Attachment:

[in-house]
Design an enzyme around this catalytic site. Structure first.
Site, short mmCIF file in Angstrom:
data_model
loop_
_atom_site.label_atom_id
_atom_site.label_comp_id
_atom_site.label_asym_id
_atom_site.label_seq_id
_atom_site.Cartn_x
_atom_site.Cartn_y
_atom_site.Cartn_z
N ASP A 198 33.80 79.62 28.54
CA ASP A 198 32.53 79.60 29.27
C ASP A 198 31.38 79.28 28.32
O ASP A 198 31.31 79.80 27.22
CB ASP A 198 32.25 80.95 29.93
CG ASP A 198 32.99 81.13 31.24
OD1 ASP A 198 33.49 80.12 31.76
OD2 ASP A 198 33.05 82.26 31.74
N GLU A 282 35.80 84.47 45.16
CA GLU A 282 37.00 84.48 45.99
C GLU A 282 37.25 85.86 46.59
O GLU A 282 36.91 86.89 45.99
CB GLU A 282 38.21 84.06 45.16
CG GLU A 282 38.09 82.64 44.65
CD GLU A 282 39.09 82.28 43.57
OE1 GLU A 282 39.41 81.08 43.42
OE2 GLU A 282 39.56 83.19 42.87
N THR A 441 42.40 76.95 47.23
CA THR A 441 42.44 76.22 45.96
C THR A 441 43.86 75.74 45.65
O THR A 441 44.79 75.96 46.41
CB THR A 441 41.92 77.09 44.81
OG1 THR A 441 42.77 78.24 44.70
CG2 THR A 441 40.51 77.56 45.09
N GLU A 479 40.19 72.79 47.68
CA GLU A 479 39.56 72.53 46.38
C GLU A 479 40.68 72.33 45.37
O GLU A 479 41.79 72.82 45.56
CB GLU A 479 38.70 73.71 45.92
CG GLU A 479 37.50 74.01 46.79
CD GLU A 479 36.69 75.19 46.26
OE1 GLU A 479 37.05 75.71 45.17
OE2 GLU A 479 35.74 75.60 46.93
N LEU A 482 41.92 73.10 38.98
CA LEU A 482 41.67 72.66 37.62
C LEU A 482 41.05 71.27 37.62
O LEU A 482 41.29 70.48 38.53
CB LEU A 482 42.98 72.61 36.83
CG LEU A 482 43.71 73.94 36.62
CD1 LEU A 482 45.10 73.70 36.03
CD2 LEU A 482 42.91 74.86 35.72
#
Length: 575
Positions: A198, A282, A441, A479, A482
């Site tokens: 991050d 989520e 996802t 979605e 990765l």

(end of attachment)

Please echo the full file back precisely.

[in-house]
Design an enzyme around this catalytic site. Structure first.
Site, short mmCIF file in Angstrom:
data_model
loop_
_atom_site.label_atom_id
_atom_site.label_comp_id
_atom_site.label_asym_id
_atom_site.label_seq_id
_atom_site.Cartn_x
_atom_site.Cartn_y
_atom_site.Cartn_z
N ASP A 198 33.80 79.62 28.54
CA ASP A 198 32.53 79.60 29.27
C ASP A 198 31.38 79.28 28.32
O ASP A 198 31.31 79.80 27.22
CB ASP A 198 32.25 80.95 29.93
CG ASP A 198 32.99 81.13 31.24
OD1 ASP A 198 33.49 80.12 31.76
OD2 ASP A 198 33.05 82.26 31.74
N GLU A 282 35.80 84.47 45.16
CA GLU A 282 37.00 84.48 45.99
C GLU A 282 37.25 85.86 46.59
O GLU A 282 36.91 86.89 45.99
CB GLU A 282 38.21 84.06 45.16
CG GLU A 282 38.09 82.64 44.65
CD GLU A 282 39.09 82.28 43.57
OE1 GLU A 282 39.41 81.08 43.42
OE2 GLU A 282 39.56 83.19 42.87
N THR A 441 42.40 76.95 47.23
CA THR A 441 42.44 76.22 45.96
C THR A 441 43.86 75.74 45.65
O THR A 441 44.79 75.96 46.41
CB THR A 441 41.92 77.09 44.81
OG1 THR A 441 42.77 78.24 44.70
CG2 THR A 441 40.51 77.56 45.09
N GLU A 479 40.19 72.79 47.68
CA GLU A 479 39.56 72.53 46.38
C GLU A 479 40.68 72.33 45.37
O GLU A 479 41.79 72.82 45.56
CB GLU A 479 38.70 73.71 45.92
CG GLU A 479 37.50 74.01 46.79
CD GLU A 479 36.69 75.19 46.26
OE1 GLU A 479 37.05 75.71 45.17
OE2 GLU A 479 35.74 75.60 46.93
N LEU A 482 41.92 73.10 38.98
CA LEU A 482 41.67 72.66 37.62
C LEU A 482 41.05 71.27 37.62
O LEU A 482 41.29 70.48 38.53
CB LEU A 482 42.98 72.61 36.83
CG LEU A 482 43.71 73.94 36.62
CD1 LEU A 482 45.10 73.70 36.03
CD2 LEU A 482 42.91 74.86 35.72
#
Length: 575
Positions: A198, A282, A441, A479, A482
């Site tokens: 991050d 989520e 996802t 979605e 990765l």